Seven Viking Age swords on display in Bergen Museum (numbered 5 to 11 in the display case). The long sword in the middle is a Petersen type C sword found in Sæbø, Hoprekstad, Vik i Sogn municipality, Sogn og Fjordane county, Norway.
From boat grave I in Vendel. The famous burial place at Vendel church was found in late autumn 1881 when the cemetery was expanded. In Swedish prehistory, the Vendel era was a part of the Germanic Iron Age (or, more general
Viking Swords: Weapons were not just for battle, but also symbols of their owners' status and wealth. The peasant levy (fyrd) could not afford swords. Spears and axes were predominate; swords were reserved for thegns and higher social classes.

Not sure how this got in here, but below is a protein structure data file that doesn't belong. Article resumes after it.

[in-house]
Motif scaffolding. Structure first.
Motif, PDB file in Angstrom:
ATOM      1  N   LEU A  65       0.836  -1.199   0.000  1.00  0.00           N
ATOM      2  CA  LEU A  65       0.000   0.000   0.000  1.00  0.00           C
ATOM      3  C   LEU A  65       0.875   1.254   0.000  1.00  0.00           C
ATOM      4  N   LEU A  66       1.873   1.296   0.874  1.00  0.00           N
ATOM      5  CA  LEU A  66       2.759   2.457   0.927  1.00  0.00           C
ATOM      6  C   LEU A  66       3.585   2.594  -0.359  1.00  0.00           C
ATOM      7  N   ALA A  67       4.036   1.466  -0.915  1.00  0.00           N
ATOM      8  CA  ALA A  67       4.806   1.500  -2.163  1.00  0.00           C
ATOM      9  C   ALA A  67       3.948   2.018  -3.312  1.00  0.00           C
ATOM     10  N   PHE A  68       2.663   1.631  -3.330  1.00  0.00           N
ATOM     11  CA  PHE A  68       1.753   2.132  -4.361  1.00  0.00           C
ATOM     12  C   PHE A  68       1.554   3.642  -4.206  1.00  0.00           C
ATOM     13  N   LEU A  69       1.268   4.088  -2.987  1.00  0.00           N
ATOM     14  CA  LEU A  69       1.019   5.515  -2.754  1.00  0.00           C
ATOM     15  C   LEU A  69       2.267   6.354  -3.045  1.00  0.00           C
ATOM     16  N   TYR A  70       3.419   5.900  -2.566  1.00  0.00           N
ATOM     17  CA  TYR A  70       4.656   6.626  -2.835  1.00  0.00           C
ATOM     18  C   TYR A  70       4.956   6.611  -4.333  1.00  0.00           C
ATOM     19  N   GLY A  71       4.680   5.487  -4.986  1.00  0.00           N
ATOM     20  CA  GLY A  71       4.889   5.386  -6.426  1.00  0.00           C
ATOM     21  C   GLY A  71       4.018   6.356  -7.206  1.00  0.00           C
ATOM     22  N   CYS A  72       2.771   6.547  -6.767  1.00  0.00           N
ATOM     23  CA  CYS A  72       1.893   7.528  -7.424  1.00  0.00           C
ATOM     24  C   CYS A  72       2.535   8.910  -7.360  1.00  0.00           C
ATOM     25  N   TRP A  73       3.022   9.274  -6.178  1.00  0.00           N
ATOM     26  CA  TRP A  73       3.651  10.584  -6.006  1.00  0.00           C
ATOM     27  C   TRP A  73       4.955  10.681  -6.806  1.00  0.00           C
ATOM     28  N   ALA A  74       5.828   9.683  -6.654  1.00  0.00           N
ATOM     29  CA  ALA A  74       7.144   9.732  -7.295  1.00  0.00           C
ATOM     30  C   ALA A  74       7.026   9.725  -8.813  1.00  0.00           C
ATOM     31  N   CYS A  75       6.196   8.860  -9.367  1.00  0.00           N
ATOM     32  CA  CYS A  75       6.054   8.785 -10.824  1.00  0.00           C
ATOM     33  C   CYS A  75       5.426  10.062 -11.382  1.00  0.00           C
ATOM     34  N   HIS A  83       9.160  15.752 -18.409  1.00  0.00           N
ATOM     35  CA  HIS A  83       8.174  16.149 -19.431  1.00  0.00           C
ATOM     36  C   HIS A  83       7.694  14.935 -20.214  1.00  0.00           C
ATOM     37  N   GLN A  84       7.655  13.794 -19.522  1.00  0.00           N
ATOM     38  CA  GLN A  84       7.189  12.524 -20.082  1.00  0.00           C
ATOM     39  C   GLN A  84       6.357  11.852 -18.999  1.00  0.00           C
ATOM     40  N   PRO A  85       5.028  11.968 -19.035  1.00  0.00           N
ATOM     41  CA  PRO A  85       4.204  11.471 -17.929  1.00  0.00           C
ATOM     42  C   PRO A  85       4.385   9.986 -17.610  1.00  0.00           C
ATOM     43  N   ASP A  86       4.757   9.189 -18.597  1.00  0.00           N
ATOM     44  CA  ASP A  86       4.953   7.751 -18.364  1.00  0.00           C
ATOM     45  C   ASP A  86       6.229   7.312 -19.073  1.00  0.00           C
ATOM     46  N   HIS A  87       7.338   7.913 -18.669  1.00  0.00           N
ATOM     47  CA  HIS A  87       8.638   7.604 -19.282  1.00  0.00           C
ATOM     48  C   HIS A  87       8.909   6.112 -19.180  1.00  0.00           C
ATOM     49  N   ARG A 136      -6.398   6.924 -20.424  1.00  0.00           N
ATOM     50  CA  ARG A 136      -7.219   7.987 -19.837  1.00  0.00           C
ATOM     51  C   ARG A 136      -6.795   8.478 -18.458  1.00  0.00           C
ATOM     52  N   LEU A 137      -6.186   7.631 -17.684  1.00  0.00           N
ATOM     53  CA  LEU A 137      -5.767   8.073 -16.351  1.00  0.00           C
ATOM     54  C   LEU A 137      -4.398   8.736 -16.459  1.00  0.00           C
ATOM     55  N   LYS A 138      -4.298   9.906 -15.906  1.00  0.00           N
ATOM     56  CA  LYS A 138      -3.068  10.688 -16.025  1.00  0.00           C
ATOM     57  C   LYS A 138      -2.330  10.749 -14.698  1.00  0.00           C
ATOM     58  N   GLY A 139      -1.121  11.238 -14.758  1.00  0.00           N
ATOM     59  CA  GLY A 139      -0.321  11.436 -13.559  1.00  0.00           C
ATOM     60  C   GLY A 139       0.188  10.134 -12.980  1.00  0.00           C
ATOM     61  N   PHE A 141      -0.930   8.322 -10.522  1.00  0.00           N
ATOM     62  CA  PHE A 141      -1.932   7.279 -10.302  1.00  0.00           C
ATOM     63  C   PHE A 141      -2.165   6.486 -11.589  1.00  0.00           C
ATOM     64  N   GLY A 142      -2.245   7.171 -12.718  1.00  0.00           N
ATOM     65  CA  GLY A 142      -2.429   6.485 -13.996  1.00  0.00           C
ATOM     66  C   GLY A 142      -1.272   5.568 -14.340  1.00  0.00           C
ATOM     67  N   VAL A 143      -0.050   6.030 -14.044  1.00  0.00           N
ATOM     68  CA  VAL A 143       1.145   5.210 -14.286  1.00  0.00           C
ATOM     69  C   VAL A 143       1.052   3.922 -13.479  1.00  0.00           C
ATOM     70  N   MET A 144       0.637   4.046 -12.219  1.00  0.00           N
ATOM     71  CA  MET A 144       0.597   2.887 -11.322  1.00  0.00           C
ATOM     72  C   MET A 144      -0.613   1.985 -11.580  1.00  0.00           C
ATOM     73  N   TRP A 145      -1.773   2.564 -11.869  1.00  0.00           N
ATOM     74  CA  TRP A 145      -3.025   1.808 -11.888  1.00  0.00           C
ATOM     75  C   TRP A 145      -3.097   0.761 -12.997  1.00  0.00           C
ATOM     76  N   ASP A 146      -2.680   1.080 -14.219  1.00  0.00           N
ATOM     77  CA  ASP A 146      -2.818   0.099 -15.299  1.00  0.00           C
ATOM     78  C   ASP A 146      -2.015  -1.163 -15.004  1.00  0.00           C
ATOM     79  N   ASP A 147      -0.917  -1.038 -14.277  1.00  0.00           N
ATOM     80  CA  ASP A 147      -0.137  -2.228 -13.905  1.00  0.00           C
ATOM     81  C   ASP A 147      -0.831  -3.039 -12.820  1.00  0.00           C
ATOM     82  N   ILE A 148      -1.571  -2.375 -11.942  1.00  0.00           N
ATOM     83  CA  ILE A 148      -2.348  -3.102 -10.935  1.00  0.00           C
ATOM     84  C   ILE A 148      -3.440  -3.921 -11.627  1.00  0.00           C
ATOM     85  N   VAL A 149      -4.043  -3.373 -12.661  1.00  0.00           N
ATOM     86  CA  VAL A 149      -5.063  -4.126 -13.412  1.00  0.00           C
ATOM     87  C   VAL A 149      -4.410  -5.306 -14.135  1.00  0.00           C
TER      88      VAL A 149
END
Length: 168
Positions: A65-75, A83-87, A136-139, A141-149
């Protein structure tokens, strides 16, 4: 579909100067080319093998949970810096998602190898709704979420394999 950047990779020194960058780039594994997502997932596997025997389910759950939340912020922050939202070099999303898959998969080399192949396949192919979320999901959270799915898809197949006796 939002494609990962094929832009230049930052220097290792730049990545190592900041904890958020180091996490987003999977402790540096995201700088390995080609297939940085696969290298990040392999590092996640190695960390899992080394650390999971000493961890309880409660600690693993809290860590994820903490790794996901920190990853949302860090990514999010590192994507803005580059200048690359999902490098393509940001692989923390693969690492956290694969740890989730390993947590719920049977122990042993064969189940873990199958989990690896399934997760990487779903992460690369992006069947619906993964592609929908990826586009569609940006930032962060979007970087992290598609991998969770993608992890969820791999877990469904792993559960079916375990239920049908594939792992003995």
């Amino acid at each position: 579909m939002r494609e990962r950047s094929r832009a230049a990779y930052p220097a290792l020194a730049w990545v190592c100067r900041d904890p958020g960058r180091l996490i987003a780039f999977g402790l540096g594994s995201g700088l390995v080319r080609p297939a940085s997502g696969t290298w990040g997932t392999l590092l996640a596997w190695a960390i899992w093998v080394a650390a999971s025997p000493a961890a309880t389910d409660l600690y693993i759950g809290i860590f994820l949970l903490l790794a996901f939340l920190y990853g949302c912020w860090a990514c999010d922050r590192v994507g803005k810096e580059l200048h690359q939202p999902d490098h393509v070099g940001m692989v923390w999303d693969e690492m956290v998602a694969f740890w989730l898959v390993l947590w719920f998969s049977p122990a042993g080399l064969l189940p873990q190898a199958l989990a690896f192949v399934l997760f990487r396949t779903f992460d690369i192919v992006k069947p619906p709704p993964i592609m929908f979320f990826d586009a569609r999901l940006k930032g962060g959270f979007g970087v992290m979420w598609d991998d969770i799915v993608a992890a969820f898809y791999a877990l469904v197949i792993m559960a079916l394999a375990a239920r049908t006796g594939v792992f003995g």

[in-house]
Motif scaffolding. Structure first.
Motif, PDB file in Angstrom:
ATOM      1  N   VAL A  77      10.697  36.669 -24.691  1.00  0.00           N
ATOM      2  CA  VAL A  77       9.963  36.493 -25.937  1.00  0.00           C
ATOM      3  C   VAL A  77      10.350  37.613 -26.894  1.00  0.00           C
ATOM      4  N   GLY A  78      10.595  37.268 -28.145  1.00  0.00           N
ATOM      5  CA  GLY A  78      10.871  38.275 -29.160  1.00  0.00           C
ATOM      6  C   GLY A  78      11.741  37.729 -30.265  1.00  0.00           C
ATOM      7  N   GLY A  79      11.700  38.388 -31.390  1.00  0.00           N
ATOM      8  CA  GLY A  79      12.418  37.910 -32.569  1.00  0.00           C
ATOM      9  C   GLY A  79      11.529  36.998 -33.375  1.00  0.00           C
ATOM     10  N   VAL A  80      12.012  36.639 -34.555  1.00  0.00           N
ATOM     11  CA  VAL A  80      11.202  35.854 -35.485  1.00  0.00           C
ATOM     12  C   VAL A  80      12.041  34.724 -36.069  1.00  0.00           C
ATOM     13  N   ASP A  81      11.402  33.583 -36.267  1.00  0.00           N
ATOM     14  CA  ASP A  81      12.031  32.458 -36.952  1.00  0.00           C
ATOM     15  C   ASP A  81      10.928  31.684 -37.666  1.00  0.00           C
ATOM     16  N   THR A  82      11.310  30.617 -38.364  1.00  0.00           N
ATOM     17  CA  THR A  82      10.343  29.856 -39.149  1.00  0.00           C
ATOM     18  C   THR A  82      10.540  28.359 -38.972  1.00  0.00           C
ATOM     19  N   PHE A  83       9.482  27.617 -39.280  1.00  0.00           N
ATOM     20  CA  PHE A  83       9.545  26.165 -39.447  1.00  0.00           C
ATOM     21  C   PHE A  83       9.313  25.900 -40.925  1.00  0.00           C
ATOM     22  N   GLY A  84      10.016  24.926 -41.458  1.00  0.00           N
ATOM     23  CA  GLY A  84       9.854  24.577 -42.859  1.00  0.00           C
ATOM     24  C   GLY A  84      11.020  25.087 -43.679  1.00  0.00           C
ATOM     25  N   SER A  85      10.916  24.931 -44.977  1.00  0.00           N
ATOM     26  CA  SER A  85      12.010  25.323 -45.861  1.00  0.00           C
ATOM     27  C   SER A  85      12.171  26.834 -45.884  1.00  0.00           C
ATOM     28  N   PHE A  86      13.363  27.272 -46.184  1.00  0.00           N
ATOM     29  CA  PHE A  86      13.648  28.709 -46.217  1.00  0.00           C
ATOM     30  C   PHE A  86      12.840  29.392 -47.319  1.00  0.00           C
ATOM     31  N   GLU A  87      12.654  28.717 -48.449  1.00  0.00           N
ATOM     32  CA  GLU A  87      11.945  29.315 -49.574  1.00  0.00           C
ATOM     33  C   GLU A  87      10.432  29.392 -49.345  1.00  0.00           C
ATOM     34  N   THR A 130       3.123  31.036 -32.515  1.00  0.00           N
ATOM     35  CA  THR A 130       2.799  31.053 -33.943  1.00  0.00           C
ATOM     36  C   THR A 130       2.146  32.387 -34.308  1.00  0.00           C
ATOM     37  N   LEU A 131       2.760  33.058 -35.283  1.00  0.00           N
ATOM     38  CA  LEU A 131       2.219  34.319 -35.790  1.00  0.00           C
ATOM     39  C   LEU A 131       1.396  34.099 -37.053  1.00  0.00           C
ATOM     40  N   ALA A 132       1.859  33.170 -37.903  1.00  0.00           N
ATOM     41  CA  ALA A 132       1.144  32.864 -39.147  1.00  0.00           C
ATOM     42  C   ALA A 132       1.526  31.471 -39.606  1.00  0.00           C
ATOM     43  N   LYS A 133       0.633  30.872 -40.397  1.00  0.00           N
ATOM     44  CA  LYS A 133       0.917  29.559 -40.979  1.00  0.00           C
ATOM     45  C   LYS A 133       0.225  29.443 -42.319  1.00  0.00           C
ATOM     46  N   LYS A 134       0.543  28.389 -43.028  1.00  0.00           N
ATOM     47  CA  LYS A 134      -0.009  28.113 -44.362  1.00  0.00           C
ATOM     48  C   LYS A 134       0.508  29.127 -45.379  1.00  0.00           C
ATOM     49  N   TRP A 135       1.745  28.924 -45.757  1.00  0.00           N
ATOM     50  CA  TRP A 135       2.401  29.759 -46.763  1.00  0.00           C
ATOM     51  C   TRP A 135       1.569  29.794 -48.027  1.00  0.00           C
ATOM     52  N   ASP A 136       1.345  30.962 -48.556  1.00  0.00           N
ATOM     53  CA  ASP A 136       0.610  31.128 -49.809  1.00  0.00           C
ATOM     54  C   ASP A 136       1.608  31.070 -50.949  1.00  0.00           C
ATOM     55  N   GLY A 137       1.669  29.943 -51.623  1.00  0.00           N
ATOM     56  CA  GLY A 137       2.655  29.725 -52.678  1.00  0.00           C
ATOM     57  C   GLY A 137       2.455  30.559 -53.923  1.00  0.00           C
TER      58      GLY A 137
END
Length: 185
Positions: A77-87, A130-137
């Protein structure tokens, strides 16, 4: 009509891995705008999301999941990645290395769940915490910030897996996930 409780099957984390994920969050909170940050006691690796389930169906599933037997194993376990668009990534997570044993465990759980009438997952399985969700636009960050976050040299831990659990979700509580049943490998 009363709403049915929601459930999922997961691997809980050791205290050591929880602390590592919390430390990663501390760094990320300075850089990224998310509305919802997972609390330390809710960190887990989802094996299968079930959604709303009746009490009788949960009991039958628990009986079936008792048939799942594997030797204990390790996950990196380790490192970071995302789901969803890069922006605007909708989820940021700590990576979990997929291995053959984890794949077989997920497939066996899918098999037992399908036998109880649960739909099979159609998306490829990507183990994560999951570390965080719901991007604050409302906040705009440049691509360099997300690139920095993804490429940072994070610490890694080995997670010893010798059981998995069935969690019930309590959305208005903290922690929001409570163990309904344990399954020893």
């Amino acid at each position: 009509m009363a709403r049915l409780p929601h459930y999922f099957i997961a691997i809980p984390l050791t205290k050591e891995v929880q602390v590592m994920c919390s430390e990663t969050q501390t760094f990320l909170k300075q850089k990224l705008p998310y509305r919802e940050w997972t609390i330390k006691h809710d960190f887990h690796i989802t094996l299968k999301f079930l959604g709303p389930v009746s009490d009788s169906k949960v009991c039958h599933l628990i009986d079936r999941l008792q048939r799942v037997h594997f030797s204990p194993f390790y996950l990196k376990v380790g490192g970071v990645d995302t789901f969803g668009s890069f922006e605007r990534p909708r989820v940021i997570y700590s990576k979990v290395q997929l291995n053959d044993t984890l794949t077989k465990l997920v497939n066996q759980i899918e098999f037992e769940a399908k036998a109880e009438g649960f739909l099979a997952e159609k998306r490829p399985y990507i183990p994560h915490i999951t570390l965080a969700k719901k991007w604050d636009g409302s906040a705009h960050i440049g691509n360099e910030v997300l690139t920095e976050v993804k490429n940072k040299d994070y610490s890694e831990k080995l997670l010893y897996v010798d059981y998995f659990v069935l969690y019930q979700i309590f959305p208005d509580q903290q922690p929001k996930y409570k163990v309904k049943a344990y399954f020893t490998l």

museum-of-artifacts: “ Viking sword with beautiful decorations. The extreme nature of the ornamentation on this sword, combined with the unusual (for Scandinavia) motifs coupled with the apparent lack of a fuller (lenticular, ‘grooveless’ sword.
The Gilling Sword, a late Anglo-Saxon sword discovered near a stream in Gilling West, Yorkshire in April, by a nine-year-old boy. Ooh, imagine the blisters you'd get from fighting for several hours with that.
A Viking Sword found in York, England that was found at a Viking burial site. The Vikings invaded England several times and were known for their brutality. The Vikings influenced some of the behavior and fighting of the Anglo-Saxons.